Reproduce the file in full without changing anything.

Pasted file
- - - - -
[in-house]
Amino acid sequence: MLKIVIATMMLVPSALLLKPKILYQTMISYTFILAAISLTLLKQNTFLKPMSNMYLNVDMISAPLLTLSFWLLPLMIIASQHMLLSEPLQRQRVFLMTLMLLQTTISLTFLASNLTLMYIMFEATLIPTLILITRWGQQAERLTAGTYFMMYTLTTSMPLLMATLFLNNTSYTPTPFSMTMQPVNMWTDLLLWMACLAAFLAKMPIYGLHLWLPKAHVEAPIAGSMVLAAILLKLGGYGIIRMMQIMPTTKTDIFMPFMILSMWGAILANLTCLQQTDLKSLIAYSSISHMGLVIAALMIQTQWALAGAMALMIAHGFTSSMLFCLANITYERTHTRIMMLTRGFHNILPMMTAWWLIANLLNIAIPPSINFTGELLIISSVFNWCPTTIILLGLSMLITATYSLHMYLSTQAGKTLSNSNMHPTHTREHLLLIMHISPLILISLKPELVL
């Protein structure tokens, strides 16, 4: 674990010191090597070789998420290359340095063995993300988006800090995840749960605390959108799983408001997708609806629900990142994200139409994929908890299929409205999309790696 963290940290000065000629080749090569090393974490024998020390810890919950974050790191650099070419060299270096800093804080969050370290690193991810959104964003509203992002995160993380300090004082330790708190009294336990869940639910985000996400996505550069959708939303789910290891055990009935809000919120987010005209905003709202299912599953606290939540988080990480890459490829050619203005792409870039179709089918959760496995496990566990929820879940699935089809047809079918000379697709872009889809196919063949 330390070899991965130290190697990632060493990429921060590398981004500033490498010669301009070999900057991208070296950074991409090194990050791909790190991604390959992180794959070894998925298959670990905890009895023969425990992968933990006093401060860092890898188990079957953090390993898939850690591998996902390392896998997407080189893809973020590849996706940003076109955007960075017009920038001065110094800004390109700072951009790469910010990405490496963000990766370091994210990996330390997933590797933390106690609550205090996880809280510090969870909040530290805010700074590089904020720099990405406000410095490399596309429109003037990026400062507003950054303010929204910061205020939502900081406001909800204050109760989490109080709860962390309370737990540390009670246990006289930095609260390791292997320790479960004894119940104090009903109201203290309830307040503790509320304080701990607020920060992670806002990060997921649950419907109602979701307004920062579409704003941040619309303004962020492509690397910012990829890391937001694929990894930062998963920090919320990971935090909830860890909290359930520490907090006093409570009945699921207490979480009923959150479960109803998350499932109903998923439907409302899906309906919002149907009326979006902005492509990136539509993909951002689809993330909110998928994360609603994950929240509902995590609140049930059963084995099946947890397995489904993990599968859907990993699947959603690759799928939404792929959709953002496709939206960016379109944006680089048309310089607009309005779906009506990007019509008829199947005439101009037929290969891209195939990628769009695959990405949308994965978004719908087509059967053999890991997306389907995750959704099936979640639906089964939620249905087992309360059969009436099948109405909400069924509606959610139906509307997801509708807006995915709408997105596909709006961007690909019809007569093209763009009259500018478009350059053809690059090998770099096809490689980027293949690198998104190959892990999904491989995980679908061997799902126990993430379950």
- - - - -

[in-house]
Amino acid sequence: MLKIVIATMMLVPSALLLKPKILYQTMISYTFILAAISLTLLKQNTFLKPMSNMYLNVDMISAPLLTLSFWLLPLMIIASQHMLLSEPLQRQRVFLMTLMLLQTTISLTFLASNLTLMYIMFEATLIPTLILITRWGQQAERLTAGTYFMMYTLTTSMPLLMATLFLNNTSYTPTPFSMTMQPVNMWTDLLLWMACLAAFLAKMPIYGLHLWLPKAHVEAPIAGSMVLAAILLKLGGYGIIRMMQIMPTTKTDIFMPFMILSMWGAILANLTCLQQTDLKSLIAYSSISHMGLVIAALMIQTQWALAGAMALMIAHGFTSSMLFCLANITYERTHTRIMMLTRGFHNILPMMTAWWLIANLLNIAIPPSINFTGELLIISSVFNWCPTTIILLGLSMLITATYSLHMYLSTQAGKTLSNSNMHPTHTREHLLLIMHISPLILISLKPELVL
């Protein structure tokens, strides 16, 4: 674990010191090597070789998420290359340095063995993300988006800090995840749960605390959108799983408001997708609806629900990142994200139409994929908890299929409205999309790696 963290940290000065000629080749090569090393974490024998020390810890919950974050790191650099070419060299270096800093804080969050370290690193991810959104964003509203992002995160993380300090004082330790708190009294336990869940639910985000996400996505550069959708939303789910290891055990009935809000919120987010005209905003709202299912599953606290939540988080990480890459490829050619203005792409870039179709089918959760496995496990566990929820879940699935089809047809079918000379697709872009889809196919063949 330390070899991965130290190697990632060493990429921060590398981004500033490498010669301009070999900057991208070296950074991409090194990050791909790190991604390959992180794959070894998925298959670990905890009895023969425990992968933990006093401060860092890898188990079957953090390993898939850690591998996902390392896998997407080189893809973020590849996706940003076109955007960075017009920038001065110094800004390109700072951009790469910010990405490496963000990766370091994210990996330390997933590797933390106690609550205090996880809280510090969870909040530290805010700074590089904020720099990405406000410095490399596309429109003037990026400062507003950054303010929204910061205020939502900081406001909800204050109760989490109080709860962390309370737990540390009670246990006289930095609260390791292997320790479960004894119940104090009903109201203290309830307040503790509320304080701990607020920060992670806002990060997921649950419907109602979701307004920062579409704003941040619309303004962020492509690397910012990829890391937001694929990894930062998963920090919320990971935090909830860890909290359930520490907090006093409570009945699921207490979480009923959150479960109803998350499932109903998923439907409302899906309906919002149907009326979006902005492509990136539509993909951002689809993330909110998928994360609603994950929240509902995590609140049930059963084995099946947890397995489904993990599968859907990993699947959603690759799928939404792929959709953002496709939206960016379109944006680089048309310089607009309005779906009506990007019509008829199947005439101009037929290969891209195939990628769009695959990405949308994965978004719908087509059967053999890991997306389907995750959704099936979640639906089964939620249905087992309360059969009436099948109405909400069924509606959610139906509307997801509708807006995915709408997105596909709006961007690909019809007569093209763009009259500018478009350059053809690059090998770099096809490689980027293949690198998104190959892990999904491989995980679908061997799902126990993430379950």